DENVER – Wherever they ran, a defender ran with them. Whenever they caught the ball, a defender was there to make the tackle, and seldom if ever did a Broncos defender miss a tackle.

That might be the best way to describe Sunday night’s game, at least from the Packers’ perspective. Another way to describe it would be according to its final score, 29-10 in favor of the Broncos, but this one is about a lot more than the score. If the Packers and their fans are to learn from this loss, they must dig much deeper than the final score, or even the Packers’ shocking yardage total, a mere 140 yards.

We had seen warning signs in recent games. Running only 49 plays against San Diego was shocking, but nothing to compare to what we saw at Sports Authority Field. That wasn’t the Packers as we’ve come to know them. The Packers don’t play that way … but they did on Sunday night.

The Denver defense dominated. Yes, it’s as good as advertised. It came into the game No. 1 overall, No. 4 against the run and No. 1 against the pass. It led the league in sacks. It likely padded its impressive rankings in beating the Packers.

It was the non-stats, however, that were most impressive. Could the Broncos have covered more tightly without being conjoined with the receiver? What about the speed gap between the two teams?

“They were covering it,” Aaron Rodgers said when asked what was wrong with the Packers’ passing game.

What went wrong on Sunday night? The Packers ran into an ambush. That’s what went wrong. They got wacked by what might be the best team in football.

“This is the kind of thing that’ll make everyone more on edge this week. We have another tough road challenge in Carolina. These games will show us how good we were after a 6-0 start. We weren’t very good tonight,” Rodgers said.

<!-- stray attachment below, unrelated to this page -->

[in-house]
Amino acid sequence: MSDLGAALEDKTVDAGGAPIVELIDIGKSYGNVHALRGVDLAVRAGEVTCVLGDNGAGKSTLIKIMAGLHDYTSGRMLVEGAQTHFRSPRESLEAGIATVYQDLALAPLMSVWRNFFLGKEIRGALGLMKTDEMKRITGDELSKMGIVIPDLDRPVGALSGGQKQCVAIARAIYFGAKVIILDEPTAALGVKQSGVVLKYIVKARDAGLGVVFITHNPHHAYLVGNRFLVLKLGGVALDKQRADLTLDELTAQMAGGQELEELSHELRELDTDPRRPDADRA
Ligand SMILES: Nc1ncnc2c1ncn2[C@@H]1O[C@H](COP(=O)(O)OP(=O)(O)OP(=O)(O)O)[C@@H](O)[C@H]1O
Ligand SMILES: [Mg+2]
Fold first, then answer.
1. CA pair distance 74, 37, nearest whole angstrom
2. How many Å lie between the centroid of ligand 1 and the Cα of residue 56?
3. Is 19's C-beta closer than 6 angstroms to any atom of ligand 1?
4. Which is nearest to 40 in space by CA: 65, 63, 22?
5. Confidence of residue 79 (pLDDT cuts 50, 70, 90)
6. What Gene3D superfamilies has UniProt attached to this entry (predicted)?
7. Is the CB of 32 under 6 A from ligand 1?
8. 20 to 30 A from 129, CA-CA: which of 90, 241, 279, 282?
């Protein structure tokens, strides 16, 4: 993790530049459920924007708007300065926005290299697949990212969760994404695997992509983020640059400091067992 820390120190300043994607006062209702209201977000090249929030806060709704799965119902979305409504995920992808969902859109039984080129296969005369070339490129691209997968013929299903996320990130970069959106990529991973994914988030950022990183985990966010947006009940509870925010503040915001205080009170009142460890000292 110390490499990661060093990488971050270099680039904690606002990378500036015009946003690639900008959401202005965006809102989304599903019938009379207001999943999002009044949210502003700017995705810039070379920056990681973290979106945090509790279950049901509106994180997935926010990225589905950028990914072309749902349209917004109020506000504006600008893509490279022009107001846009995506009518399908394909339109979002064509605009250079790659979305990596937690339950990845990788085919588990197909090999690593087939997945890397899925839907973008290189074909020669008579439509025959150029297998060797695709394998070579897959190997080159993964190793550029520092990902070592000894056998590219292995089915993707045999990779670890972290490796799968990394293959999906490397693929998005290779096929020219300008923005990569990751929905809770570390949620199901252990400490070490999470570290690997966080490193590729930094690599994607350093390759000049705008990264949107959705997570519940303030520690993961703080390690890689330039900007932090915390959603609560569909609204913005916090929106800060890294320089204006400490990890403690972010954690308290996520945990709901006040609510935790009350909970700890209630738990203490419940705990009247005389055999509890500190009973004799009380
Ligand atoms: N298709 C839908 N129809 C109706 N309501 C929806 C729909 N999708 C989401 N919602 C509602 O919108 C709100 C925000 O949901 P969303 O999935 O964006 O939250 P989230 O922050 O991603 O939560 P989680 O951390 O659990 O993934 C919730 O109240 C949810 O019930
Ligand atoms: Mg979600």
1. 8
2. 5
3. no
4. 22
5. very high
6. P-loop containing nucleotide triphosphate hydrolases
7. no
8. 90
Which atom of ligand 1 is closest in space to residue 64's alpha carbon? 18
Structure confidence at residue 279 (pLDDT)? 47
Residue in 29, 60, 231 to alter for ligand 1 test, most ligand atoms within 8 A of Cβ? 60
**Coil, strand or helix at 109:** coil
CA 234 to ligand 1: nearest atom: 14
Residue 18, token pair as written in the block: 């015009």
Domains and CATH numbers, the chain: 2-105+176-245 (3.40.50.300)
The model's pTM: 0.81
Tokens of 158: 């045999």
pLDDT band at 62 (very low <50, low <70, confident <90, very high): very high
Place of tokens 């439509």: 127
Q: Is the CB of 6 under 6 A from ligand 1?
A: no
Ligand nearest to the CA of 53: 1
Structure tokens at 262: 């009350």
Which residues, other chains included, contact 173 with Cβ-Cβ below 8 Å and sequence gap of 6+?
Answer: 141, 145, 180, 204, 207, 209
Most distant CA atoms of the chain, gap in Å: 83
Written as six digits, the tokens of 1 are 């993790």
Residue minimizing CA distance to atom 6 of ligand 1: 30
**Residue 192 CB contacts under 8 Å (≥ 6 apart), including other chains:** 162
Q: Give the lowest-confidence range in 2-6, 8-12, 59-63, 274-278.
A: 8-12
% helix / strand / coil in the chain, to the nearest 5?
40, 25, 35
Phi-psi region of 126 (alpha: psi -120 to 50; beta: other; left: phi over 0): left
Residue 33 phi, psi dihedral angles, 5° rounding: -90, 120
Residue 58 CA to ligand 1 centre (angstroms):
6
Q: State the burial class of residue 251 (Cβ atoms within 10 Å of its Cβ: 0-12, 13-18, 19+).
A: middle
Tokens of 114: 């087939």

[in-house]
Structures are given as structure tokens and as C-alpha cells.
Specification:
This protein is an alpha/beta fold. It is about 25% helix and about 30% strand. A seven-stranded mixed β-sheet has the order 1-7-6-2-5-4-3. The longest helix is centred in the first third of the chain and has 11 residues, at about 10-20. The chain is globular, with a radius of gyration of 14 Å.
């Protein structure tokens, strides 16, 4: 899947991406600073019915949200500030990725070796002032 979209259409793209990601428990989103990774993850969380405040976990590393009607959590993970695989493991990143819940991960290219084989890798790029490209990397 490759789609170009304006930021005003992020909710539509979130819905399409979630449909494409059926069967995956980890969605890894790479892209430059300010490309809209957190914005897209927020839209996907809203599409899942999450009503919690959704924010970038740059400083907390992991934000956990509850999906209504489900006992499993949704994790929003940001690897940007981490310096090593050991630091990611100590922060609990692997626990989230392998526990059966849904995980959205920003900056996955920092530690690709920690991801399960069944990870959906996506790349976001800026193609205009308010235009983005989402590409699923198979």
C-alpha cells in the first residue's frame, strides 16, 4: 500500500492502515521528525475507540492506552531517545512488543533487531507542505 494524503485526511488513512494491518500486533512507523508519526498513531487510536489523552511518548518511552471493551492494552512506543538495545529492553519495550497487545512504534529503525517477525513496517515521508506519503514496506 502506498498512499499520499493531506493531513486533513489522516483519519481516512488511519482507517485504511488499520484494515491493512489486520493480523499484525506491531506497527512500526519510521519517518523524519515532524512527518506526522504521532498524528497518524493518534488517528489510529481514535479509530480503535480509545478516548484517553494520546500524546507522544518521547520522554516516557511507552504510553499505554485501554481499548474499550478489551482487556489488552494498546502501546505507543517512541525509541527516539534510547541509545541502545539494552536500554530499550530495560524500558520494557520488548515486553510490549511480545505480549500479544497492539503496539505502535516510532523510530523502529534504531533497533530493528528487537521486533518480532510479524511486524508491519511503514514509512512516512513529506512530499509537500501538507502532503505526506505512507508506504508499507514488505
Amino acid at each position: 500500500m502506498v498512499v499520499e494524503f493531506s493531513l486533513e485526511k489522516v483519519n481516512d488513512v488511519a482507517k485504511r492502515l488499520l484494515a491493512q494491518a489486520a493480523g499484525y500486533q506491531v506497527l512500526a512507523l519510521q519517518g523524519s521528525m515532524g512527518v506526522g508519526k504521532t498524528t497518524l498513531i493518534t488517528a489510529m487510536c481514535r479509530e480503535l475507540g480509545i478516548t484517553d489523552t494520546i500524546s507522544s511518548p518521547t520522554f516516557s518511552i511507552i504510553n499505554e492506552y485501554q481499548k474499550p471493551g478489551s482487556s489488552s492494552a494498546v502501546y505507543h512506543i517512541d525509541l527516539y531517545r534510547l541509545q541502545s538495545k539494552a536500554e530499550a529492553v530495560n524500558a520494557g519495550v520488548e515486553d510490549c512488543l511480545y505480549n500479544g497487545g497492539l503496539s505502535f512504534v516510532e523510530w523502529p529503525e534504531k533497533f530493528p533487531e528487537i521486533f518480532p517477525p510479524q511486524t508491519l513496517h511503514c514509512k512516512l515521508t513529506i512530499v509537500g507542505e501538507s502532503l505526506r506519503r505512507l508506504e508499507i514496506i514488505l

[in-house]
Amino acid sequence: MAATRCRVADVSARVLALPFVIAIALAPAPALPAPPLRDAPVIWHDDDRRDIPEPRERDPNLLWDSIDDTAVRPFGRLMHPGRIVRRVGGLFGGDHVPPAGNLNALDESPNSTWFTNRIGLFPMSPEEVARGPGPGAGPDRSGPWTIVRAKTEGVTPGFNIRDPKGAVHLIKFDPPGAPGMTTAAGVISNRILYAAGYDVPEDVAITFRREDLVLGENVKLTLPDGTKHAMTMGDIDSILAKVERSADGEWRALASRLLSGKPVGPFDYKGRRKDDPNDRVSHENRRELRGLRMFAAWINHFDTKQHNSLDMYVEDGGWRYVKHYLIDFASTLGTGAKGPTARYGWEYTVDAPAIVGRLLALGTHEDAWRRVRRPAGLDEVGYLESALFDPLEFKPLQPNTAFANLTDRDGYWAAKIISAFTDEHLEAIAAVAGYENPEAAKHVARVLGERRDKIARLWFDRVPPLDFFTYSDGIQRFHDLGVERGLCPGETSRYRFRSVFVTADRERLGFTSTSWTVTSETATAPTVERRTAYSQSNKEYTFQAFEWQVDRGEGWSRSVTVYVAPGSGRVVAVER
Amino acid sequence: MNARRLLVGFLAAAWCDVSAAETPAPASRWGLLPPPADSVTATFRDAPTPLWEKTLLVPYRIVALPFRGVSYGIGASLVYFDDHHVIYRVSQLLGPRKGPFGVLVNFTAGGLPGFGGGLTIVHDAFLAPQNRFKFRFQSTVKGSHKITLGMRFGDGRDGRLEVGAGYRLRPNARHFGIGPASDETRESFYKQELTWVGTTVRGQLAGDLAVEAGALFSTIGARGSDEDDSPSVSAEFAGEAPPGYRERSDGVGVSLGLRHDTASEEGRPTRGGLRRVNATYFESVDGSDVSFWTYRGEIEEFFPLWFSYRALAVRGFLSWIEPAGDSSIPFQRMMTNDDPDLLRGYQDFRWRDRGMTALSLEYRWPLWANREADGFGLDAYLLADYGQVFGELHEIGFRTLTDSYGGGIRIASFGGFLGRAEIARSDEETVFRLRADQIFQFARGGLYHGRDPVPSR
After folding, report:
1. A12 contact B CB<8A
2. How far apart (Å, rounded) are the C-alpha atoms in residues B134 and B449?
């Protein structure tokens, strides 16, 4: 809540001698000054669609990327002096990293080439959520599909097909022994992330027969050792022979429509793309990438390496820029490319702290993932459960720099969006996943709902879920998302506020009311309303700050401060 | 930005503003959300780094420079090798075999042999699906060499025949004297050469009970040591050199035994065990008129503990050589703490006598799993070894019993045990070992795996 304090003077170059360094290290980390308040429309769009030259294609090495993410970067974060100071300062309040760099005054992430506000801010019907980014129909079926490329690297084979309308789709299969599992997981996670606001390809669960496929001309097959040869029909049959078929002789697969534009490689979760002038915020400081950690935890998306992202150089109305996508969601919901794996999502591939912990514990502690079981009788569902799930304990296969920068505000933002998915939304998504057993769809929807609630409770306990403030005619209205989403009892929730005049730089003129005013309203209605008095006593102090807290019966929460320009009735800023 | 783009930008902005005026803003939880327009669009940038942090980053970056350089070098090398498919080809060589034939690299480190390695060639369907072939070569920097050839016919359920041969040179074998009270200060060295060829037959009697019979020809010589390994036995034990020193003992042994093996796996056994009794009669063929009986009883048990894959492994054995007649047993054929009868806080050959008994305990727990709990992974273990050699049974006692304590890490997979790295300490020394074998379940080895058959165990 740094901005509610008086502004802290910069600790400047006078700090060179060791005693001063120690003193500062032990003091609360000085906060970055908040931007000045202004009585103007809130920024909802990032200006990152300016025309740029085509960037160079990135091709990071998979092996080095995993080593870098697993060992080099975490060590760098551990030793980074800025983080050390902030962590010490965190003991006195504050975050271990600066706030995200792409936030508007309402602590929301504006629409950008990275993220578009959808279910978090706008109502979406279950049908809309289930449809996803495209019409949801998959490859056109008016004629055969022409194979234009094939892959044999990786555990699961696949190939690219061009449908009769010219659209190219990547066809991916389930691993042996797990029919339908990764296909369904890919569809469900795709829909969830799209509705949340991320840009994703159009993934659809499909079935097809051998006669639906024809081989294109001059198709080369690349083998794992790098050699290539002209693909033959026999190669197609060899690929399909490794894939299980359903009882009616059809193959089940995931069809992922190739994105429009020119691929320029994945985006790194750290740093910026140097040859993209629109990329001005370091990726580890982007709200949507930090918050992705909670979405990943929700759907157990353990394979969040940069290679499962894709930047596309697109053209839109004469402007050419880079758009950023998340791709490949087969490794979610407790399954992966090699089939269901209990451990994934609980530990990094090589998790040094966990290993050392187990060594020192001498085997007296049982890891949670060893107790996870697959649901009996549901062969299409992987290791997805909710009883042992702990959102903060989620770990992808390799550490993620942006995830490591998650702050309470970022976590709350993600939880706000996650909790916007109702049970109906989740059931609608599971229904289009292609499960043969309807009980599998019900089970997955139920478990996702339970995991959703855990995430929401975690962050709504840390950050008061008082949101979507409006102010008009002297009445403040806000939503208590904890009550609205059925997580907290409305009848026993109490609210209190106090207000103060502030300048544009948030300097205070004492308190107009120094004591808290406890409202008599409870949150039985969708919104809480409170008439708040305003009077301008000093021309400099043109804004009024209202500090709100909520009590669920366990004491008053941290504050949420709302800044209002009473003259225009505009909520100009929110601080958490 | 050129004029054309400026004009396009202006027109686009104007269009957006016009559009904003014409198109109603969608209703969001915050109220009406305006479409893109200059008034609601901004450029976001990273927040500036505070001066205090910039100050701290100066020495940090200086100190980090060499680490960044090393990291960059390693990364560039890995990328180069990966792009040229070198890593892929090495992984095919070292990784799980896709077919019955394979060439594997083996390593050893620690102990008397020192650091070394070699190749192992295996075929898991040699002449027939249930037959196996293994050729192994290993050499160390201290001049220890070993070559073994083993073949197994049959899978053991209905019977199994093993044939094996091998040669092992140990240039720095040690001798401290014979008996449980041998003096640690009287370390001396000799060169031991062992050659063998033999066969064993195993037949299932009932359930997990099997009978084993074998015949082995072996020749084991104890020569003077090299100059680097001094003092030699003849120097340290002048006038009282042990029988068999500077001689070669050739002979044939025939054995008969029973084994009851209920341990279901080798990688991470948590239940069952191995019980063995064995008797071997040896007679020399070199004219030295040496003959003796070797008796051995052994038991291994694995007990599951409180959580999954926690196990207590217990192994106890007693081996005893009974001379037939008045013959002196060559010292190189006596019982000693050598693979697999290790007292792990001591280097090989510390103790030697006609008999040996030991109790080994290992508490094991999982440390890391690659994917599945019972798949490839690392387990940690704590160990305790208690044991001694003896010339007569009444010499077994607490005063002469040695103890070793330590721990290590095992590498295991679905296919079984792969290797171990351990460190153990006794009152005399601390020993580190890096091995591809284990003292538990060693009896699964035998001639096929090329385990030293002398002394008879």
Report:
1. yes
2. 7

That’s the good news. This loss will give the Packers a heightened awareness of themselves. They’ll look deeper into problems on offense. They’ll get them fixed. When? That’s the big question.

It’s the big question because a big game is coming up in Carolina. Down the road, it could decide homefield advantage for the playoffs.

Something else: Minnesota is only a game behind the Packers in the NFC North title race, and the Packers will play in Minnesota in three weeks. That could be a showdown game.

When, indeed?

“We didn’t execute the plan we had in place,” Rodgers said.  “They played a lot of base defense. They had a seven-man box most of the time. We had a plan for it. We just didn’t execute it.

“They had us outnumbered, but we had a good plan for it and just didn’t execute,” Rodgers repeated, explaining why the Packers weren’t able to run the ball effectively.

It would then stand to reason the Packers were not outnumbered in the passing game.

“Schematically, we probably have to do some different things. We have to get open and complete passes,” Rodgers added.

If you’re looking for deeper answers than that explanation would provide, rest assured the Packers are, too. This defeat won’t be taken lightly. Alarm bells are ringing.

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